- April 1, 2020
- April 1, 2020
Over the centuries, the two greatest Indian epics, Ramayana and Mahabharata, have been written in different Indian languages to enable them to reach a wider audience. Poets like Tulsidas, Kamban and Krittibas Ojha have all penned down their own versions of these stories in the common language of their regions. The tribal communities also had their own versions in the form of songs and plays that their people could connect to. These versions of Indian epics are a part of our rich Indian heritage which should to be preserved and promoted.
In this special collection entitled Rama’s Ring, Amar Chitra Katha brings together nine lesser-known stories from alternate tellings of the two great Indian epics. This is the first time we bring Ramayana stories and Mahabharata stories together in one book.
While some tellings in this book are poetic masterpieces in their own right, others are simple folk versions passed down from one generation to the next. The iconic illustrations and in-depth research of the credible team of Amar Chitra Katha make this book a must-read for all genders and all age groups.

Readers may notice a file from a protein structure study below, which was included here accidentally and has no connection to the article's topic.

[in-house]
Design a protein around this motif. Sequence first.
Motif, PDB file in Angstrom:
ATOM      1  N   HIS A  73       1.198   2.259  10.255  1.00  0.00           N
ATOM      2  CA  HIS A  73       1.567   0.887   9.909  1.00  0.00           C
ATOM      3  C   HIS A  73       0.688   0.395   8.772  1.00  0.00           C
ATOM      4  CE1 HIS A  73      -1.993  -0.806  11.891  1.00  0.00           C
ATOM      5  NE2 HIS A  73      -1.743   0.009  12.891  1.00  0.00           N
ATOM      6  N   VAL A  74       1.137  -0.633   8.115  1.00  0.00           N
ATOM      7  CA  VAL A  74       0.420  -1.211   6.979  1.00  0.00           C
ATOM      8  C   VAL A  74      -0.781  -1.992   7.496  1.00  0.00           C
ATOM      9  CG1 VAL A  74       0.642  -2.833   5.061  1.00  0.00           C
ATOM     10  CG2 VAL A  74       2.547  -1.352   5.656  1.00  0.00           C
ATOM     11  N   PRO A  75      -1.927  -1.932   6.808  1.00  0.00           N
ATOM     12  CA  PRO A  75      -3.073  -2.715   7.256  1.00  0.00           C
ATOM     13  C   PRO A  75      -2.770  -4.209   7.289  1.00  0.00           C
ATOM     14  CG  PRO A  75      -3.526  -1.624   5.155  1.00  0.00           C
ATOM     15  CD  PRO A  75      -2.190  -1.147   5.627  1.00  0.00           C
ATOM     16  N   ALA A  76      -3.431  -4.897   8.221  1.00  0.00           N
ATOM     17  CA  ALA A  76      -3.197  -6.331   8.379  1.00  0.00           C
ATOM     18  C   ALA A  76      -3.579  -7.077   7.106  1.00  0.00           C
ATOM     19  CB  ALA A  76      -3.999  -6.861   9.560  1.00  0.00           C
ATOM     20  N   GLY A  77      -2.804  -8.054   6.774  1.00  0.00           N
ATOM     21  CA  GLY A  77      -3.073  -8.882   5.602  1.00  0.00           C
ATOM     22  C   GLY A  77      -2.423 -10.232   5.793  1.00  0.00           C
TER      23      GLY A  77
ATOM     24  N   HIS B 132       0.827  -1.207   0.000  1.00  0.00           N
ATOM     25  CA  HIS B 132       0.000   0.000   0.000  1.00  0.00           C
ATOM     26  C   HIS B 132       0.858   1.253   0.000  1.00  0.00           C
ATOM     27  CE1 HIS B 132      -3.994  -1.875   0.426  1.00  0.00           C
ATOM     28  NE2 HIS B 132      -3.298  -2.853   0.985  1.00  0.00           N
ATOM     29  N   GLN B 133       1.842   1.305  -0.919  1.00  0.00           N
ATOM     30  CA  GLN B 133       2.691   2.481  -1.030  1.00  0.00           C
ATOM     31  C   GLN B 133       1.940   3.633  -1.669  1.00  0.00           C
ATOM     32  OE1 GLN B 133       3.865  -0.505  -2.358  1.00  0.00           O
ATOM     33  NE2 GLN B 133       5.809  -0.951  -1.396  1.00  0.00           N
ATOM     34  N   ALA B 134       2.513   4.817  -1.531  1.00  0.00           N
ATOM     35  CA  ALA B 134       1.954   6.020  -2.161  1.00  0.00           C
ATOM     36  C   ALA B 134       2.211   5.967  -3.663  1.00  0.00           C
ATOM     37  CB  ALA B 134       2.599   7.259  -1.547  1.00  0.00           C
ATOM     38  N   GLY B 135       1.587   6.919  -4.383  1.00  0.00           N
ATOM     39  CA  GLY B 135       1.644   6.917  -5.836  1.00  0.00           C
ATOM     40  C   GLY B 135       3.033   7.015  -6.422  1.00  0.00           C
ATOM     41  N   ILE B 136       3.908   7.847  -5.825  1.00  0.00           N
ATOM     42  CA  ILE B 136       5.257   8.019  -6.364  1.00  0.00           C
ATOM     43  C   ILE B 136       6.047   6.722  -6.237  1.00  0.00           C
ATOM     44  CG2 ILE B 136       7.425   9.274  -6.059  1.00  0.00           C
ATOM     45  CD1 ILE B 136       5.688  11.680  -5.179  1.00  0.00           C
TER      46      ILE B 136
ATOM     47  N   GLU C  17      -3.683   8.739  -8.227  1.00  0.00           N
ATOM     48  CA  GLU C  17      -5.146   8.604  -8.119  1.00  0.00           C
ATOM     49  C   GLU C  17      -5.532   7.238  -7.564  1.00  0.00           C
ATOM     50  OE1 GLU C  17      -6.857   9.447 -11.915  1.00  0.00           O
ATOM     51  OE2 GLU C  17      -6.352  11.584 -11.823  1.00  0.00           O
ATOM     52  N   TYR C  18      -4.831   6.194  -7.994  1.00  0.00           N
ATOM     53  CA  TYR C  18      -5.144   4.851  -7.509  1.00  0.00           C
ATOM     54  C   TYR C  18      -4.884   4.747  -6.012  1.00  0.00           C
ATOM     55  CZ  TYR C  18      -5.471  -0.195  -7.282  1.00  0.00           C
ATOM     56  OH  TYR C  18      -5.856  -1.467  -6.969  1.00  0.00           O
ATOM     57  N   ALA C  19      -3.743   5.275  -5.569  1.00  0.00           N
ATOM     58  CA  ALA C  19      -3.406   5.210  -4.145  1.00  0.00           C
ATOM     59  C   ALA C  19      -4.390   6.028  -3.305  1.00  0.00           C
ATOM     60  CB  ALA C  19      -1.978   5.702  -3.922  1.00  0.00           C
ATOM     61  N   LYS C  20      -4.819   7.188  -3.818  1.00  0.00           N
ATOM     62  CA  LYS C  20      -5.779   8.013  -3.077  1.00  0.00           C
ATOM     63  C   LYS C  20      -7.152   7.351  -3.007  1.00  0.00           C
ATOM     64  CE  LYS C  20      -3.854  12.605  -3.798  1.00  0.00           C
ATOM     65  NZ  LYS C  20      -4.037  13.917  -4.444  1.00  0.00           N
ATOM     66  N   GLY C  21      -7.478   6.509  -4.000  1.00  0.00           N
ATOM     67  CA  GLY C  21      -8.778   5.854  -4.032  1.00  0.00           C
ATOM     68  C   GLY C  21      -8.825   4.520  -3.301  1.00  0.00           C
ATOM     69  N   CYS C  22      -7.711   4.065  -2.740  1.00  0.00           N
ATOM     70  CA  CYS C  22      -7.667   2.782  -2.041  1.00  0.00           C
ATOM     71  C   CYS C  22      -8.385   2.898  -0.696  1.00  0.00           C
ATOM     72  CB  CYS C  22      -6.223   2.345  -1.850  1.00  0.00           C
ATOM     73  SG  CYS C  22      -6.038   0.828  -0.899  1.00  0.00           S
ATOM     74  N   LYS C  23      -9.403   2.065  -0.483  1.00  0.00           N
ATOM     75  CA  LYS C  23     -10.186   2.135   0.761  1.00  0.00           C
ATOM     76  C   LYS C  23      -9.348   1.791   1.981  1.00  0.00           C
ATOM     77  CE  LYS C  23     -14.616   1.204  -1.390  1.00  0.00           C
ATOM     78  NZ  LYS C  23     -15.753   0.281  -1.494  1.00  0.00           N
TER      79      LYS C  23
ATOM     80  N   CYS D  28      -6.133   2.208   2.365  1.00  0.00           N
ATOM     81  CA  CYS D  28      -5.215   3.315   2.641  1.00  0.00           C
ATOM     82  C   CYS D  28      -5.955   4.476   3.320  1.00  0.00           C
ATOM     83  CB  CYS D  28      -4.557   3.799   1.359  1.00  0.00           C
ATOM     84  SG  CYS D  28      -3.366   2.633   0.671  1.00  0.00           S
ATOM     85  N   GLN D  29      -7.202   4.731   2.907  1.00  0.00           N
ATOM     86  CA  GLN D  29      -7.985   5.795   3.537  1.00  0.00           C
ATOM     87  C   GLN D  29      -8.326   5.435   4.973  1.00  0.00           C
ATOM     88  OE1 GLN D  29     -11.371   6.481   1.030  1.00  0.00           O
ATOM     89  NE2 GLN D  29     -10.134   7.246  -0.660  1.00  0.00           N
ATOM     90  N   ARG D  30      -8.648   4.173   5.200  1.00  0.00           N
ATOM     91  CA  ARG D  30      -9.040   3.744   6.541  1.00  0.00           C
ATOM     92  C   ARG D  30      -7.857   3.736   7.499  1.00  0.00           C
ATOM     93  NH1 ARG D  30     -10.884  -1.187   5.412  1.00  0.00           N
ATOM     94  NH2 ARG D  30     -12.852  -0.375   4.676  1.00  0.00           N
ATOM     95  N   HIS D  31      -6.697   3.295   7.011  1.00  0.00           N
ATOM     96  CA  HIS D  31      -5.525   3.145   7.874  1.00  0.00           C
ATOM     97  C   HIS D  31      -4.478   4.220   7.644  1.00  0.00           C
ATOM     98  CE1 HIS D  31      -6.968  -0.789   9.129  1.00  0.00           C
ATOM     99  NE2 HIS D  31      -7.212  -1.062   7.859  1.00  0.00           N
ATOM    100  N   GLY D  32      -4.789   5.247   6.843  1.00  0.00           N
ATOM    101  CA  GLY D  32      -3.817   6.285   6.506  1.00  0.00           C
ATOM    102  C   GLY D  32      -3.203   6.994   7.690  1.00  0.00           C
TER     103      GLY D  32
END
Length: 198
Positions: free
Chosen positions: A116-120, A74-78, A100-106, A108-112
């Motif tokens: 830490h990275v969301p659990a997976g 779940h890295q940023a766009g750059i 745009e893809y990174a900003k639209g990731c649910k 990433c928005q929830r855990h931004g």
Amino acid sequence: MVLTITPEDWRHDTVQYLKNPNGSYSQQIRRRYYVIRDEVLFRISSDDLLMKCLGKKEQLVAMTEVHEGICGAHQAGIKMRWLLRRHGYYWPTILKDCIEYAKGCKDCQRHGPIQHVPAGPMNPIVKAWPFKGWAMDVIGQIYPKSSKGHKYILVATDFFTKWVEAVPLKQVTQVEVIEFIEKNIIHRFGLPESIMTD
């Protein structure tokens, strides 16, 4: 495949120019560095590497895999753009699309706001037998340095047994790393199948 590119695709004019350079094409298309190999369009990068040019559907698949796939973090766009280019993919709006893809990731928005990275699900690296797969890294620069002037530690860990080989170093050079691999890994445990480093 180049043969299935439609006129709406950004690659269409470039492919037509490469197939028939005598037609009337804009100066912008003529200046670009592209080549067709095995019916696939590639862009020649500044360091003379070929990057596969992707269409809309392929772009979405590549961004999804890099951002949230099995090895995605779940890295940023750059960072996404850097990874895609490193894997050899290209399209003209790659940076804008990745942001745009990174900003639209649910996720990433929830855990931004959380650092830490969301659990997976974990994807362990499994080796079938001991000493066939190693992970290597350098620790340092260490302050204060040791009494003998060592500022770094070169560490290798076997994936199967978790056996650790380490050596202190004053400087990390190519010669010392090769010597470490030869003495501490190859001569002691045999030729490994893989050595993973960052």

So what are some of the stories inside?
Read about the time when Rama’s ring falls down a crack in the floor, and Hanuman takes a journey to the centre of the earth to retrieve it.
Find out how an alternate telling of the Mahabharata talked about not Krishna but a different set of saviours who came to Draupadi’s rescue when she was humiliated by Dushasana in the Kaurava court.
Did you know that Ravana was capable of replacing his physical body with a fiercer, almost demonic form which made him nearly impervious to Rama’s attacks?
Check out the special ‘crossover’ episode when the Pandava prince Bhima comes to Rama’s help when Lakshmana is kidnapped by a celestial princess.
Learn why Duryodhana, inspite of receiving five powerful golden arrows guaranteed to kill the Pandavas from Bhishmacharya, still lost the war because of a debt he owed Arjuna.
Comic of The Month
Read the heroic story of Velu Thampi, the valiant diwan of the southern state of Travancore, and one of our very first freedom fighters!